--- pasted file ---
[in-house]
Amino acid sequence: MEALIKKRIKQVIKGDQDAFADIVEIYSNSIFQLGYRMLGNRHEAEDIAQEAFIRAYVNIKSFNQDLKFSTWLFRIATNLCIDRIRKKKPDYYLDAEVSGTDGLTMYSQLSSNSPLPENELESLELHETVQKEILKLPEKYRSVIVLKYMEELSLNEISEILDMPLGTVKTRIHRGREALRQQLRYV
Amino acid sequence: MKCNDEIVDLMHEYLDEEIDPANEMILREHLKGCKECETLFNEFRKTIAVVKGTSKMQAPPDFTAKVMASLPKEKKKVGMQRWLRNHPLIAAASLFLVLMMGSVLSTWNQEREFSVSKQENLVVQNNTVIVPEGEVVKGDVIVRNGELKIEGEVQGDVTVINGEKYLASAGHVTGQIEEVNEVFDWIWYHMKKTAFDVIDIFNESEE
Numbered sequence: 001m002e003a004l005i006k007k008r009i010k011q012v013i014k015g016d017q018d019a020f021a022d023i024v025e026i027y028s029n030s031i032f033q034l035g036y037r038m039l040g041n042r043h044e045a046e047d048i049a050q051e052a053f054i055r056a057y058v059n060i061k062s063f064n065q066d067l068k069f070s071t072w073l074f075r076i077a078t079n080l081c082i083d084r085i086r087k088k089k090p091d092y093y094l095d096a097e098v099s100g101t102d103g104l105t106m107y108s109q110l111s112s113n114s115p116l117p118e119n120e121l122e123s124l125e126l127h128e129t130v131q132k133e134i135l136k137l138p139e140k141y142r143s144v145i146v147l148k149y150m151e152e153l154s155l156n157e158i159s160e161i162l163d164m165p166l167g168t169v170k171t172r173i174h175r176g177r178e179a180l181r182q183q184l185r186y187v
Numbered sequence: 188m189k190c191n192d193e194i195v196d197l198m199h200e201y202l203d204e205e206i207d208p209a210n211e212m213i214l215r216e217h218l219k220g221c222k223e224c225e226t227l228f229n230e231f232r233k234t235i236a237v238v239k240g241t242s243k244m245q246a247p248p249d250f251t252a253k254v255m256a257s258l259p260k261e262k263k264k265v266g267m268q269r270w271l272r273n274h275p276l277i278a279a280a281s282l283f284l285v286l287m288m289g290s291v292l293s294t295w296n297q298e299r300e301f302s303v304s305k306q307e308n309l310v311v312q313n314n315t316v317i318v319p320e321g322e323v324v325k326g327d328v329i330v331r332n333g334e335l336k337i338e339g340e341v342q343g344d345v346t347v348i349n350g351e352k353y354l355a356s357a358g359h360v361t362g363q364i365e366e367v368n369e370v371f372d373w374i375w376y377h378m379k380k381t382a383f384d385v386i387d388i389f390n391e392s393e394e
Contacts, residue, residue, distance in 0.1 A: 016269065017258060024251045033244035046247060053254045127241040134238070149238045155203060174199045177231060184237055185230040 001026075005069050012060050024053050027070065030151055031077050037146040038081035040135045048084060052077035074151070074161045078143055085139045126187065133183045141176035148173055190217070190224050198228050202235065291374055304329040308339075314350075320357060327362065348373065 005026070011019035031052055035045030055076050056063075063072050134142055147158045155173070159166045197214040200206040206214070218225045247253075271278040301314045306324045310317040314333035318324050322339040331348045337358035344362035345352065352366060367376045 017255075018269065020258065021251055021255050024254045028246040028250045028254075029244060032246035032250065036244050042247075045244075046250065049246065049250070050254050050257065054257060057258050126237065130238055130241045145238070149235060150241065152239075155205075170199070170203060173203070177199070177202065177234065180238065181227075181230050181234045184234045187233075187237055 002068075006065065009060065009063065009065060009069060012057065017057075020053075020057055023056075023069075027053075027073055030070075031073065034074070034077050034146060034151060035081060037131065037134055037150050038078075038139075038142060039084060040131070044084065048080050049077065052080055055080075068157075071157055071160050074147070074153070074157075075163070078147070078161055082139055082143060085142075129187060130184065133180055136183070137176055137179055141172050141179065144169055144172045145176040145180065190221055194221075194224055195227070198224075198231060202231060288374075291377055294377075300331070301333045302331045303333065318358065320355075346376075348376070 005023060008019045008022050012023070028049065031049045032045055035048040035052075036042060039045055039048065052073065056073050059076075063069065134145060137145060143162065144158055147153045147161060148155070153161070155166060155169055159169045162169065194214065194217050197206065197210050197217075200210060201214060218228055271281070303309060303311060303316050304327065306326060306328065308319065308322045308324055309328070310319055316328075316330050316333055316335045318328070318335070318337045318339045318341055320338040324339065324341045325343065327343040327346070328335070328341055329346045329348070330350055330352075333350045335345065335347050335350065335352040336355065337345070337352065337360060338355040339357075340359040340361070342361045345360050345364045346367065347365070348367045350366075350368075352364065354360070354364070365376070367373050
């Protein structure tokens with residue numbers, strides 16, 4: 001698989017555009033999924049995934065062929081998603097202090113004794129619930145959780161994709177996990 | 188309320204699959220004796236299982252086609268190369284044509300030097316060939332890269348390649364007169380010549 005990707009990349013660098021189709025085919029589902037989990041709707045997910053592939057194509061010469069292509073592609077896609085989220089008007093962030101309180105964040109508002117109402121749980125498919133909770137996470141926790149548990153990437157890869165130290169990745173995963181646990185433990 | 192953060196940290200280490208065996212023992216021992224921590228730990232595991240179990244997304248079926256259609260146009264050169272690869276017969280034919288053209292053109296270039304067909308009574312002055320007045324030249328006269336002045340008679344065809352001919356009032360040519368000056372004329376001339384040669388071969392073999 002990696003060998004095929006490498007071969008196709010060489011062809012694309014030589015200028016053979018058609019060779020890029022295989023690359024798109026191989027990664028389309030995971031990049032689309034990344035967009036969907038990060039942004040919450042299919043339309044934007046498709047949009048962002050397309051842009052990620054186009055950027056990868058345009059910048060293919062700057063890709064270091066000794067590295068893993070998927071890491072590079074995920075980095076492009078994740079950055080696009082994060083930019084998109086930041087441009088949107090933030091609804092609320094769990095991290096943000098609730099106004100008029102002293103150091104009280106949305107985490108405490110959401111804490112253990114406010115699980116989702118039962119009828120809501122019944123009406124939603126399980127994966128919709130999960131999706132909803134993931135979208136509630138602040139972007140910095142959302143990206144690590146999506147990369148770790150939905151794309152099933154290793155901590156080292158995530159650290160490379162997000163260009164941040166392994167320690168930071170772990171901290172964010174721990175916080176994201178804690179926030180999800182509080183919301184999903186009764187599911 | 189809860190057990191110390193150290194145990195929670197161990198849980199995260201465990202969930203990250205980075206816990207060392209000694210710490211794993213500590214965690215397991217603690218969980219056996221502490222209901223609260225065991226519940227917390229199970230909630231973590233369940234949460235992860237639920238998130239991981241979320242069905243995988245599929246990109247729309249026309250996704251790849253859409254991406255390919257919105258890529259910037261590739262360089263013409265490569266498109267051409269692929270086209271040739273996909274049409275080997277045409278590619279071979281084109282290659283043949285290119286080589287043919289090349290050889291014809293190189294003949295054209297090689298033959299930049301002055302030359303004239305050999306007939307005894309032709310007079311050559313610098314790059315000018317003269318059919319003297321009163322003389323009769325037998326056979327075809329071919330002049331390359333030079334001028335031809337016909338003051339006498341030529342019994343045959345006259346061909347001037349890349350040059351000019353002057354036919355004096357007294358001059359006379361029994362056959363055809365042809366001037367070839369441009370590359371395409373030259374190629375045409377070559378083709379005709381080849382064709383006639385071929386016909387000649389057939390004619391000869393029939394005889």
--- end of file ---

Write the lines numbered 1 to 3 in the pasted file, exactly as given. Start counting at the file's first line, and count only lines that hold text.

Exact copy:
[in-house]
Amino acid sequence: MEALIKKRIKQVIKGDQDAFADIVEIYSNSIFQLGYRMLGNRHEAEDIAQEAFIRAYVNIKSFNQDLKFSTWLFRIATNLCIDRIRKKKPDYYLDAEVSGTDGLTMYSQLSSNSPLPENELESLELHETVQKEILKLPEKYRSVIVLKYMEELSLNEISEILDMPLGTVKTRIHRGREALRQQLRYV
Amino acid sequence: MKCNDEIVDLMHEYLDEEIDPANEMILREHLKGCKECETLFNEFRKTIAVVKGTSKMQAPPDFTAKVMASLPKEKKKVGMQRWLRNHPLIAAASLFLVLMMGSVLSTWNQEREFSVSKQENLVVQNNTVIVPEGEVVKGDVIVRNGELKIEGEVQGDVTVINGEKYLASAGHVTGQIEEVNEVFDWIWYHMKKTAFDVIDIFNESEE